The house, which she reportedly bought for $250,000, was among the largest in the area. Barrett said the renovations were costing $500,000. She told the Gradicks that when the work was completed she would invite the entire neighborhood to a party.
Moody remembers her first telephone conversation with Levitz, who spoke to her, Moody said, “as if she’d known me all of her life.”
Despite her disdain for the limelight and media attention, Levitz loved reading tabloids such as the National Inquirer and the Star. She would pass the papers on to Moody and then give her the inside scoop on the stars she’d known, such as Loni Anderson, whom she admired, and Burt Reynolds. “She called him a first-class redneck,” Moody said.
Gradick recalls Levitz as “just a good person inside and out. Vicksburg lost an asset when it lost her.”
Moody has two theories about the disappearance: One is that an enemy from Levitz’s past life reached out to harm her from Florida or Southern California--she and her husband had lived in the La Costa resort near San Diego in the early 1990s. “But, personally, I just can’t imagine her having an enemy,” she said. “She was such a gentle, generous person.”
Her other theory is that perhaps one of the workmen misread Levitz’s warmth, came to the house that night and forced himself on her.
Levitz pampered the workmen, supplying them with doughnuts and drinks throughout the day, she said. Her attentiveness could easily be misunderstood, Moody said, “but she was not that way. She was a very dignified, very refined lady.”
Some here say the coming of casino gambling a few years ago sparked a rise in crime and may be the cause of Levitz’s disappearance. Authorities acknowledge that burglaries and robberies have increased but say there has been no significant increase in violent crime.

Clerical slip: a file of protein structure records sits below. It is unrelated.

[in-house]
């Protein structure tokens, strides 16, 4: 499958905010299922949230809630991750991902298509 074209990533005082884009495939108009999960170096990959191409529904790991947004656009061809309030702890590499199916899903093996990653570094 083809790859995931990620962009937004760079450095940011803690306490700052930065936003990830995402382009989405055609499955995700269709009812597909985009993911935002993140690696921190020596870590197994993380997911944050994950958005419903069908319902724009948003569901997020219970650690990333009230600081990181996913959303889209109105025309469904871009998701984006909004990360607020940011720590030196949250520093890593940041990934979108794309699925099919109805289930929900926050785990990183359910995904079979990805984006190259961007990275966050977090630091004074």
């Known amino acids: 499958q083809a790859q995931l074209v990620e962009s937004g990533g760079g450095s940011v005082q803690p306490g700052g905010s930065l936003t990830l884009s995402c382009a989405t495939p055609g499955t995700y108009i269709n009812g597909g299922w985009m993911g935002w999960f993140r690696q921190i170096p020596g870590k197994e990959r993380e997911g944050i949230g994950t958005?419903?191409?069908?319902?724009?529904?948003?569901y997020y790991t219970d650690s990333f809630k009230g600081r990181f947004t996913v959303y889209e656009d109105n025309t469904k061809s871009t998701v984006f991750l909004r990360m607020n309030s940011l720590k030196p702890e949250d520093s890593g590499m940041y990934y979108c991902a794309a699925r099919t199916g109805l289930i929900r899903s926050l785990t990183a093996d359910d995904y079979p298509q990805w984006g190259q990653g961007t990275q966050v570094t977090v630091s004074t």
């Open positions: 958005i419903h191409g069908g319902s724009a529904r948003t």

Barrett’s theory is that whoever abducted Levitz was already in the house when she returned home from a building supply store that Saturday afternoon with wallpaper samples. Because work was being done on the attic, an intruder would not even need to break in.
The lights were off in the house, suggesting that she may have been attacked before darkness fell. A television was on in the bedroom and a chair was positioned in front of the set. Levitz’s earrings and a drink were positioned on the windowsill near the chair.
Barrett thinks Levitz came into the house and got comfortable in front of the television set before she was attacked by someone who was perhaps hiding in the closet.
He speculates that her throat was cut, but because the crime lab has not yet finished analyzing blood samples he quickly adds that, for all he knows, the mattress is stained with chicken blood.
Earlier in the investigation, authorities picked up two drifters who had worked for a time at the Levitz’s home. One of them had a burglary conviction. They were released after 24 hours because of lack of evidence, but Barrett indicated they would be re-questioned.
Newspaper photographs chronicling past cases bedeck Barrett’s office. He interrupted a conversation to call a Louisiana sheriff also working on the case. Profanity studding his gravelly purr, Barrett talked of one suspect he wants to question again. “I’m gonna take him for a little ride,” he said.
A psychic had called earlier to report a vision of Levitz’s body in a barn filled with tireless tractors and near a Louisiana road sign. Barrett said authorities would check it out.
A citizen called to ask if he could help by further scouring the riverbanks. Barrett accepted the offer. At this point, he said, he’s turning no offer down.
What confounded him from the start continues to confound him now: Why did the perpetrators remove her from the house? Kidnapers would have appealed for ransom. But why would murderers remove a body?
“I’ve worked a lot of cases,” he said, “and in every one, if they murdered somebody or robbed, raped and killed them, you’ve got a body there.”
The one exception he recalls from two or three years ago involved a preacher who killed his wife and buried her. Before too long, he confessed and led authorities to the grave.
He thinks the killer or killers were amateurs. Professionals would not have risked being seen carrying a body out of the house wrapped in a sheet, as he speculates happened here.
A neighbor’s son, visiting from out of state, has reported that he was outside walking his dog and smoking a cigarette between 10 and 11 p.m. on the night Levitz disappeared. He heard a vehicle start behind the high wall of the Levitz home. He could not identify the vehicle, but Barrett believes it contained the perpetrator or perpetrators.
But, right now, beliefs and hunches are about all he has to go on.